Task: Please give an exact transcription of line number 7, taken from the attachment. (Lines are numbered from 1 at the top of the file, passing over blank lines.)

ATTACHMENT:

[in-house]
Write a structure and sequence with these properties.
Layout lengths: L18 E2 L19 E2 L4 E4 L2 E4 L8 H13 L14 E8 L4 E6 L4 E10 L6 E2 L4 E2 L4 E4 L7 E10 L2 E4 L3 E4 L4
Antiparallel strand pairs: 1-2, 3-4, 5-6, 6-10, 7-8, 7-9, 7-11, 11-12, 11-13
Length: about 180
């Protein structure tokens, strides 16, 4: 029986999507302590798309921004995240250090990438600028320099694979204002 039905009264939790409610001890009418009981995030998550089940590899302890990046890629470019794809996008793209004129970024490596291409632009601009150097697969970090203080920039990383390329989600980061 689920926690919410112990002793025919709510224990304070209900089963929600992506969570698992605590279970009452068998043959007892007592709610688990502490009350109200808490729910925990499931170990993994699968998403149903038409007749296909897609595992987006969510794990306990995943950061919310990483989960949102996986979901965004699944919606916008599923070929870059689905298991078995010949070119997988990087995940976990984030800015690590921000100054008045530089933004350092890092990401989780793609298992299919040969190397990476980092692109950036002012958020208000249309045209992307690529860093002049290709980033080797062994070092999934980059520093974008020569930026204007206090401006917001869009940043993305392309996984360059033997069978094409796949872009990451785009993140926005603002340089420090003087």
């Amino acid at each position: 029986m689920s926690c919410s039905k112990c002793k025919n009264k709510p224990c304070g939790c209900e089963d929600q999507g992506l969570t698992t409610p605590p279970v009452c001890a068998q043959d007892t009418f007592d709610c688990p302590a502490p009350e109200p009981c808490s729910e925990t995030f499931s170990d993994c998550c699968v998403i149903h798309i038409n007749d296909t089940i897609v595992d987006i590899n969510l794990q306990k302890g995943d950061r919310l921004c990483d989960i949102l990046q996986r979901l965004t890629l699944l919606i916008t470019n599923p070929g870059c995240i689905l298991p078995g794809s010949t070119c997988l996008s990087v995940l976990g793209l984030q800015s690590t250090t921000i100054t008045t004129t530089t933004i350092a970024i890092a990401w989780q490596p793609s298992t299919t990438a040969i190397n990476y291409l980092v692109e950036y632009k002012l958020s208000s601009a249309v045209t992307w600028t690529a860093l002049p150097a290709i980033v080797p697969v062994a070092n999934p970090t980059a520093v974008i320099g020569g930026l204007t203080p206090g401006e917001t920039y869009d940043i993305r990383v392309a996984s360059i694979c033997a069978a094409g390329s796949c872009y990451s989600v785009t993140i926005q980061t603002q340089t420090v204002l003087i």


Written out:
């Amino acid at each position: 029986m689920s926690c919410s039905k112990c002793k025919n009264k709510p224990c304070g939790c209900e089963d929600q999507g992506l969570t698992t409610p605590p279970v009452c001890a068998q043959d007892t009418f007592d709610c688990p302590a502490p009350e109200p009981c808490s729910e925990t995030f499931s170990d993994c998550c699968v998403i149903h798309i038409n007749d296909t089940i897609v595992d987006i590899n969510l794990q306990k302890g995943d950061r919310l921004c990483d989960i949102l990046q996986r979901l965004t890629l699944l919606i916008t470019n599923p070929g870059c995240i689905l298991p078995g794809s010949t070119c997988l996008s990087v995940l976990g793209l984030q800015s690590t250090t921000i100054t008045t004129t530089t933004i350092a970024i890092a990401w989780q490596p793609s298992t299919t990438a040969i190397n990476y291409l980092v692109e950036y632009k002012l958020s208000s601009a249309v045209t992307w600028t690529a860093l002049p150097a290709i980033v080797p697969v062994a070092n999934p970090t980059a520093v974008i320099g020569g930026l204007t203080p206090g401006e917001t920039y869009d940043i993305r990383v392309a996984s360059i694979c033997a069978a094409g390329s796949c872009y990451s989600v785009t993140i926005q980061t603002q340089t420090v204002l003087i």